Friday, March 14, 2008

Identity politics reported The passion fueling the Democrats' history-making presidential campaign is putting two of the party's most important constituencies — women and African-Americans — on what could be a collision course.

At a meeting this week with black newspaper publishers, Sen. Hillary Rodham Clinton fielded tough questions. Hazel Trice Edney, editor of, asked the New York senator how she plans "to retain the trust and confidence of the African-American community?"
That trust and confidence shuld be based on what she DOES for them, not what she or someone else says about one of them.
Some women who support Clinton are also unhappy. Campaign commentary by some talk radio hosts and TV commentators has been "incredibly sexist," said Irene Natividad, a founder of the National Women's Political Caucus. She said it has put Clinton and her supporters in a bind. "If you don't fight back, you're a wimp," Natividad said. "If you do fight back, you're something that rhymes with witch."
If you can't stand the heat, get ot of the kitchen. Oops, that isn't sexist, is it?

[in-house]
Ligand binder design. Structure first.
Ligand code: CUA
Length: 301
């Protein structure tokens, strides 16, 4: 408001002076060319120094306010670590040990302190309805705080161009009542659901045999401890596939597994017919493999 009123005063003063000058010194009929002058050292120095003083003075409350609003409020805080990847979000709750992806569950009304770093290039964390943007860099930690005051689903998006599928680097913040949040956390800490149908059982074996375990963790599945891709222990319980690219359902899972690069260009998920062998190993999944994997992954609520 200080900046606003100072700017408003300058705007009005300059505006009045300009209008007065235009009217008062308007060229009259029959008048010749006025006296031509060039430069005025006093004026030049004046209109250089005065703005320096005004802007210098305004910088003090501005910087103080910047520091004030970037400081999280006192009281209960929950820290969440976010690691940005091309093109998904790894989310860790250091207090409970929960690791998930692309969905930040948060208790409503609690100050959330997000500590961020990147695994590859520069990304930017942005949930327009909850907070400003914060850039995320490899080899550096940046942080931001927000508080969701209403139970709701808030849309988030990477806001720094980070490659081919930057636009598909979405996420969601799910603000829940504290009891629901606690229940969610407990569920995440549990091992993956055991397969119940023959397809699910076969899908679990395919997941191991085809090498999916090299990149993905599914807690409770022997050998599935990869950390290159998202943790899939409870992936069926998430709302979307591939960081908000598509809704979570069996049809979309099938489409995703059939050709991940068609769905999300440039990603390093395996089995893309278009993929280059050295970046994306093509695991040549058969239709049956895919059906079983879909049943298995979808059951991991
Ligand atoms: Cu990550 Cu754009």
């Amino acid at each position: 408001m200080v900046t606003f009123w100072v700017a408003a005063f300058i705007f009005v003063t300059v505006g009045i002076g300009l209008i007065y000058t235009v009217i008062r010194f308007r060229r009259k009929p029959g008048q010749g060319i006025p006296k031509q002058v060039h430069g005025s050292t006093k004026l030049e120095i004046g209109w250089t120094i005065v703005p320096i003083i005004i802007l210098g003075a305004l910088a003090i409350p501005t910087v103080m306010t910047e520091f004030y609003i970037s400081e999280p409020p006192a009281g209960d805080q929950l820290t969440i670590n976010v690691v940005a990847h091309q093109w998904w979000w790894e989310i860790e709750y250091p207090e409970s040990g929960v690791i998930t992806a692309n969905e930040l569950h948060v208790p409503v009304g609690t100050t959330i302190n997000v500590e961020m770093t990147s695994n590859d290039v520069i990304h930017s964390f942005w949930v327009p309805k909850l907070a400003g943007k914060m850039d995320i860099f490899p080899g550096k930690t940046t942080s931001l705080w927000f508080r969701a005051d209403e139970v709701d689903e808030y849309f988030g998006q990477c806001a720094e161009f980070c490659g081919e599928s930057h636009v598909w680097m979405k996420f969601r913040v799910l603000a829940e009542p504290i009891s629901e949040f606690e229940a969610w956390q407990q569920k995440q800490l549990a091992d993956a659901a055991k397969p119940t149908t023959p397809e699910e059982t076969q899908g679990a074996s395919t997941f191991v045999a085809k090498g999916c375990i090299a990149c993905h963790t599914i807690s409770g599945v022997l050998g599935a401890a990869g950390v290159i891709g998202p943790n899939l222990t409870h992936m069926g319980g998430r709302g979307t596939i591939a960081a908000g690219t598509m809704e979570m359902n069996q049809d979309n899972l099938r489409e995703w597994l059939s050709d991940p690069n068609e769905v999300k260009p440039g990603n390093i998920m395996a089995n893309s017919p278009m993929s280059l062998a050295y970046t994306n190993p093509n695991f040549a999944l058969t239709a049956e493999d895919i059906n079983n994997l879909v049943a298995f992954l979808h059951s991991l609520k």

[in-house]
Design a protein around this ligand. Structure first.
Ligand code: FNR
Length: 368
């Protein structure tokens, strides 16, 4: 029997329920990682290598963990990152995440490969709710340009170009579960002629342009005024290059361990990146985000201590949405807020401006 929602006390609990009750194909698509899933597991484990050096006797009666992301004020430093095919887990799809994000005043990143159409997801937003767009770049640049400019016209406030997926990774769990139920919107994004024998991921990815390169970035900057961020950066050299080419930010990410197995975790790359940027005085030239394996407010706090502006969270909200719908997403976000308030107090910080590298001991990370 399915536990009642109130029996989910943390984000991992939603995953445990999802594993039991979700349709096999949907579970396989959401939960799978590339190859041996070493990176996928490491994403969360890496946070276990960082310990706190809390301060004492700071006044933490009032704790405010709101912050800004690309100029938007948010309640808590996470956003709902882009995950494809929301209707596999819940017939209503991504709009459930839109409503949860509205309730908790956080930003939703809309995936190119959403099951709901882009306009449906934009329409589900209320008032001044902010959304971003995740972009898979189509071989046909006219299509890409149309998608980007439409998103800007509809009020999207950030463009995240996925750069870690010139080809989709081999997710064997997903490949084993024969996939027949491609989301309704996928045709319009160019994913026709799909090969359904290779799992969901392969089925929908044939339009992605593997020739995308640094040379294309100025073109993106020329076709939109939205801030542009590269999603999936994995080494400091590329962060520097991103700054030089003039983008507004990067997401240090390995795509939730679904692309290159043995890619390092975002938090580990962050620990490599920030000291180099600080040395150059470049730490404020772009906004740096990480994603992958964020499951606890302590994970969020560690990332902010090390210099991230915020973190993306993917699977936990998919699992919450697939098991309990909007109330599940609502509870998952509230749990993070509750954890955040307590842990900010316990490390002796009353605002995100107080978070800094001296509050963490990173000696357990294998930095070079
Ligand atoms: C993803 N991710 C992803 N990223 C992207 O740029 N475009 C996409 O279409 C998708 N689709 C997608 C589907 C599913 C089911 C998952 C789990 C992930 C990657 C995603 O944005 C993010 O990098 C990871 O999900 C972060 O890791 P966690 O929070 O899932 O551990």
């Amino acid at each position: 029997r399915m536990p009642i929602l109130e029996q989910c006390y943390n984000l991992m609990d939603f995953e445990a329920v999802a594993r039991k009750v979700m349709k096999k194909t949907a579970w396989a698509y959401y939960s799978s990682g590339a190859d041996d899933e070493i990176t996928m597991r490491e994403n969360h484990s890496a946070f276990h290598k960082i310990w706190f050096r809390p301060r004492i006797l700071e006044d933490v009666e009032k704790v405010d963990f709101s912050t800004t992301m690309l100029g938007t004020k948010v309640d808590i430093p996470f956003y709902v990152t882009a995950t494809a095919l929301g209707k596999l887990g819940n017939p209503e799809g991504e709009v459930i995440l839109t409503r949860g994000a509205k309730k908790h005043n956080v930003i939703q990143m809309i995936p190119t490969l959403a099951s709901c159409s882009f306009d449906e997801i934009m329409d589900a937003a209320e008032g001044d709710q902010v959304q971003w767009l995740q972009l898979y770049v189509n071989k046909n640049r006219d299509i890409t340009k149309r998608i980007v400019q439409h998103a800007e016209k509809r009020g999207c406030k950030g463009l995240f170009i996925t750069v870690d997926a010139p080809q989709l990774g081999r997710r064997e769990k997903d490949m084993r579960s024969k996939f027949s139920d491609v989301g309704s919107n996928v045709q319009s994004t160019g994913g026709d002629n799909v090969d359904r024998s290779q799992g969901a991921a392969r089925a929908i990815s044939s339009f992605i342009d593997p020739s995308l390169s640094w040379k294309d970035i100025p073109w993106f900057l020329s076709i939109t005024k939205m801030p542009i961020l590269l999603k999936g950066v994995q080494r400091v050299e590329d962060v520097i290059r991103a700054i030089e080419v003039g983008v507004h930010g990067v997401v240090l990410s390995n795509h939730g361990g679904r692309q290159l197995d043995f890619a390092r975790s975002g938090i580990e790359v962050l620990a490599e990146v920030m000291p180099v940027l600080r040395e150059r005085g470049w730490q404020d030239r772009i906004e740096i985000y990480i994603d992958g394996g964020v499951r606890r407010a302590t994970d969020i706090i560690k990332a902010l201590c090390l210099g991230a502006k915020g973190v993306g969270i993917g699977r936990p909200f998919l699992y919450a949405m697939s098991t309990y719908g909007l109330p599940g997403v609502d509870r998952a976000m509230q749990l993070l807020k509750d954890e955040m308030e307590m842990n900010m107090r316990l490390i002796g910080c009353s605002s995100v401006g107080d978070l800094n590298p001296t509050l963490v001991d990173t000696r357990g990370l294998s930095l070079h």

For months, Democratic party leaders have argued the nomination fight is good for the party, drawing voters to the polls in record-breaking numbers. Now, some express misgivings.
It just makes the explosion even bigger.
House Speaker Nancy Pelosi said Thursday that "some of the exchange is not at the highest level" and expressed a hope that it "will return to that level.".... Barbara Reynolds, a Howard University professor, said that as an African-American woman she is pained by the increasingly sharp-elbowed Clinton-Obama campaign. "I'm afraid the two groups I love most are going to tear each other apart," she said.
That is what you get by putting up a one term senator with no experience who expects to get elected because of Black Guilt, and a woman whose only claim to fame is being married to a former governor and former president. Could the Democratic party not find a Black Governor or Woman Governor with some executive experience?

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